5 Bullshit Arguments People Make About Switching a Character's Gender/Race
A little while back I wrote an article about why I felt the next Doctor on Doctor Who needed to be female. Not why I wanted a female Doctor, but why things I had noticed in the show and in fandom demanded that a woman be given a chance in the lead role. And then I posted said article to the large Facebook fan page that I help administer to watch the arguments roll in.
There were legion. There were myriad at the very least, but they essentially boiled down to five basic, fallacious premises that seem to crop up whenever anyone talks about non-whiting, non-manning a famous character. Today, let's look at those five and explain why they're bullshit.
"The Character Has Always Been Gender/Race"
There is an actual logical fallacy named after this reasoning. It's called Appeal to Tradition, and it's utterly meaningless. There is no inherent worth in a thing being done the way it has always been done. If there were then getting a hamburger would involve a lot more than driving through McDonald's.
A side-step on this is the old adage of "If it ain't broke, don't fix it". While not quite the same thing, it tends to miss a point. Long-running characters are often broken and fixed all the time. Why else would we have gold and silver ages of comics? Why else would series end and undergo rebirth? Why else would they reboot movie franchises?
What used to draw an audience 30 years ago doesn't necessarily draw a new audience now, and that's important because content creators are more interested in getting that new audience and holding them for three more decades than trying to keep you. It's just a sound investment.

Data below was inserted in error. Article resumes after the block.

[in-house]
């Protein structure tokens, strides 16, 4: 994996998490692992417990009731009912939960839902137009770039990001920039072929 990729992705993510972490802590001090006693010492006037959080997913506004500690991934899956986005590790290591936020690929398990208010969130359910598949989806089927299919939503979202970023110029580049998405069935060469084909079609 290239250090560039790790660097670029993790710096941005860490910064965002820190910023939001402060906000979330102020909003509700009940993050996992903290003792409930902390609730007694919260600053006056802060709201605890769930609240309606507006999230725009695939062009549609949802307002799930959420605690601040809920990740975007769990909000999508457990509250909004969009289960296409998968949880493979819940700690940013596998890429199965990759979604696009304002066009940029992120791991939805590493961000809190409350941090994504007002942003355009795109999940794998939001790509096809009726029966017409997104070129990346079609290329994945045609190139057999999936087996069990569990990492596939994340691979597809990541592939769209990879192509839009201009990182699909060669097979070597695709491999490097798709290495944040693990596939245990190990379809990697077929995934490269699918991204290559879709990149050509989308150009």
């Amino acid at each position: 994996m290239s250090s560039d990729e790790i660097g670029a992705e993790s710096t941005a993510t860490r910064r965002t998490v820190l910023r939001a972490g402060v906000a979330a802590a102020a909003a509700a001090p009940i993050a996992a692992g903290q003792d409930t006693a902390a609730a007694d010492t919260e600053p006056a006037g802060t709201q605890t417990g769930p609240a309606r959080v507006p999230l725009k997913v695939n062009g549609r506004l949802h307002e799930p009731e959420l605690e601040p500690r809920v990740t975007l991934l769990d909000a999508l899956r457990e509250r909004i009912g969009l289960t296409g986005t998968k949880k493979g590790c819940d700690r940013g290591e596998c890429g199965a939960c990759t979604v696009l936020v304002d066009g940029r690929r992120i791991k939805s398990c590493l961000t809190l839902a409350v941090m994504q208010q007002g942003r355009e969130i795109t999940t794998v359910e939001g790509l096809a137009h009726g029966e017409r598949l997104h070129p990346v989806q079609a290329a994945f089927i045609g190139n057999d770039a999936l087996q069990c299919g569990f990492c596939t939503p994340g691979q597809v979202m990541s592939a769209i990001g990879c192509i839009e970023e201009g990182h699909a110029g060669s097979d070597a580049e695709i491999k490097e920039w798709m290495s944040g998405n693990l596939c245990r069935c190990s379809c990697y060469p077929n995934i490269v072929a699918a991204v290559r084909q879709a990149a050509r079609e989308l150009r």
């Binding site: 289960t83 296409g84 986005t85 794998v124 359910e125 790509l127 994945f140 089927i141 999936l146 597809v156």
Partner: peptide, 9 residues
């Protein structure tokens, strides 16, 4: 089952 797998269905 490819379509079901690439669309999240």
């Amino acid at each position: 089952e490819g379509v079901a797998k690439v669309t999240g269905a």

Being Race/Gender is Inherent to That Character
Sometimes this is true. Steve Rogers could probably never be anything but a hayseed-looking white male. That's part of who he is. He is the symbol of what the majority of World War II-era Americans considered perfection reborn into a more complicated and diverse world. Change his gender or ethnicity and you lose a lot of what makes him endure. Likewise, changing Wonder Woman to Wonder Man would remove virtually everything that makes Diana who she is.
But these are rarer than you think. If a disillusioned Steve Rogers was replaced in the role by a black Captain America to better fit America in the 21st century it would probably work great. If you want an example that goes the other way a white Al Simmons as Spawn would probably make no difference. Hell, the only real reason to have had a black man play Falcon in Winter Soldier was because of Sam Winston's reputation as an early black superhero. His race is not really an essential part of his character as much as his status as a pal to Cap that can hold his own and help him feel the soldierly camaraderie of his past days.
You have to remember that for a very long time the people creating all these iconic characters were all for the most part white men, and because writers are all inherently lazy they made all their heroes white men like them. In almost 90 percent of the cases with a white male protagonist that's as deep as the subject of race gets in the case of someone like Superman.
This story continues on the next page.